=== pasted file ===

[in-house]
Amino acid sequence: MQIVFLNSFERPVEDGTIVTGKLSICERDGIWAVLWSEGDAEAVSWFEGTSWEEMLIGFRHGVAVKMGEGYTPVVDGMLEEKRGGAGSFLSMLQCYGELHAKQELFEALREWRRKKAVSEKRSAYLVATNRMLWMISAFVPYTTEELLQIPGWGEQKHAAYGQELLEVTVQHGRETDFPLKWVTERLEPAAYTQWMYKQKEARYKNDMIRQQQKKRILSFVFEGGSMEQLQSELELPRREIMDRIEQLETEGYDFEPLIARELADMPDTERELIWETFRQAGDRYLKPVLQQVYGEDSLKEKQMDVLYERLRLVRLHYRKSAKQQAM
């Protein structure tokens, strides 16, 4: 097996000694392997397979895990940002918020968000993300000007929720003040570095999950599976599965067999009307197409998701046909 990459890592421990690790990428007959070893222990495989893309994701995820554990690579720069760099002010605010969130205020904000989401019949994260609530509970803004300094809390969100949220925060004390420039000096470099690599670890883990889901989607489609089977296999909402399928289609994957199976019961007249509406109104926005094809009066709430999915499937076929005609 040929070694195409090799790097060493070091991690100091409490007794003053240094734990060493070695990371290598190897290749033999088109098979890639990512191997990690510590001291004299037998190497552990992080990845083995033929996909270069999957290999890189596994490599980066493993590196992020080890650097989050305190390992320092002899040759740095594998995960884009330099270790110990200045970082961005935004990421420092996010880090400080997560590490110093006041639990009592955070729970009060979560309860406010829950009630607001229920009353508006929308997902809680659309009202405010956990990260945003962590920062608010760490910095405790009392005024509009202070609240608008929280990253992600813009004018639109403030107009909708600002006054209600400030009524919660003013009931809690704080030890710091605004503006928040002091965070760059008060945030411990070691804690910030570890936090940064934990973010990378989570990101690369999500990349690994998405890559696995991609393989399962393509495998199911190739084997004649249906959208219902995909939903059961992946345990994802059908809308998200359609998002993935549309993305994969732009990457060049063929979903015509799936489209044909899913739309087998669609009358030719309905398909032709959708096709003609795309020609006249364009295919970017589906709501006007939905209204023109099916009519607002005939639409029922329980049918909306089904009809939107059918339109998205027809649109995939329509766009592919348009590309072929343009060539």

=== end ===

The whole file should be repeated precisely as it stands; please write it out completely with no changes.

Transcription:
[in-house]
Amino acid sequence: MQIVFLNSFERPVEDGTIVTGKLSICERDGIWAVLWSEGDAEAVSWFEGTSWEEMLIGFRHGVAVKMGEGYTPVVDGMLEEKRGGAGSFLSMLQCYGELHAKQELFEALREWRRKKAVSEKRSAYLVATNRMLWMISAFVPYTTEELLQIPGWGEQKHAAYGQELLEVTVQHGRETDFPLKWVTERLEPAAYTQWMYKQKEARYKNDMIRQQQKKRILSFVFEGGSMEQLQSELELPRREIMDRIEQLETEGYDFEPLIARELADMPDTERELIWETFRQAGDRYLKPVLQQVYGEDSLKEKQMDVLYERLRLVRLHYRKSAKQQAM
């Protein structure tokens, strides 16, 4: 097996000694392997397979895990940002918020968000993300000007929720003040570095999950599976599965067999009307197409998701046909 990459890592421990690790990428007959070893222990495989893309994701995820554990690579720069760099002010605010969130205020904000989401019949994260609530509970803004300094809390969100949220925060004390420039000096470099690599670890883990889901989607489609089977296999909402399928289609994957199976019961007249509406109104926005094809009066709430999915499937076929005609 040929070694195409090799790097060493070091991690100091409490007794003053240094734990060493070695990371290598190897290749033999088109098979890639990512191997990690510590001291004299037998190497552990992080990845083995033929996909270069999957290999890189596994490599980066493993590196992020080890650097989050305190390992320092002899040759740095594998995960884009330099270790110990200045970082961005935004990421420092996010880090400080997560590490110093006041639990009592955070729970009060979560309860406010829950009630607001229920009353508006929308997902809680659309009202405010956990990260945003962590920062608010760490910095405790009392005024509009202070609240608008929280990253992600813009004018639109403030107009909708600002006054209600400030009524919660003013009931809690704080030890710091605004503006928040002091965070760059008060945030411990070691804690910030570890936090940064934990973010990378989570990101690369999500990349690994998405890559696995991609393989399962393509495998199911190739084997004649249906959208219902995909939903059961992946345990994802059908809308998200359609998002993935549309993305994969732009990457060049063929979903015509799936489209044909899913739309087998669609009358030719309905398909032709959708096709003609795309020609006249364009295919970017589906709501006007939905209204023109099916009519607002005939639409029922329980049918909306089904009809939107059918339109998205027809649109995939329509766009592919348009590309072929343009060539």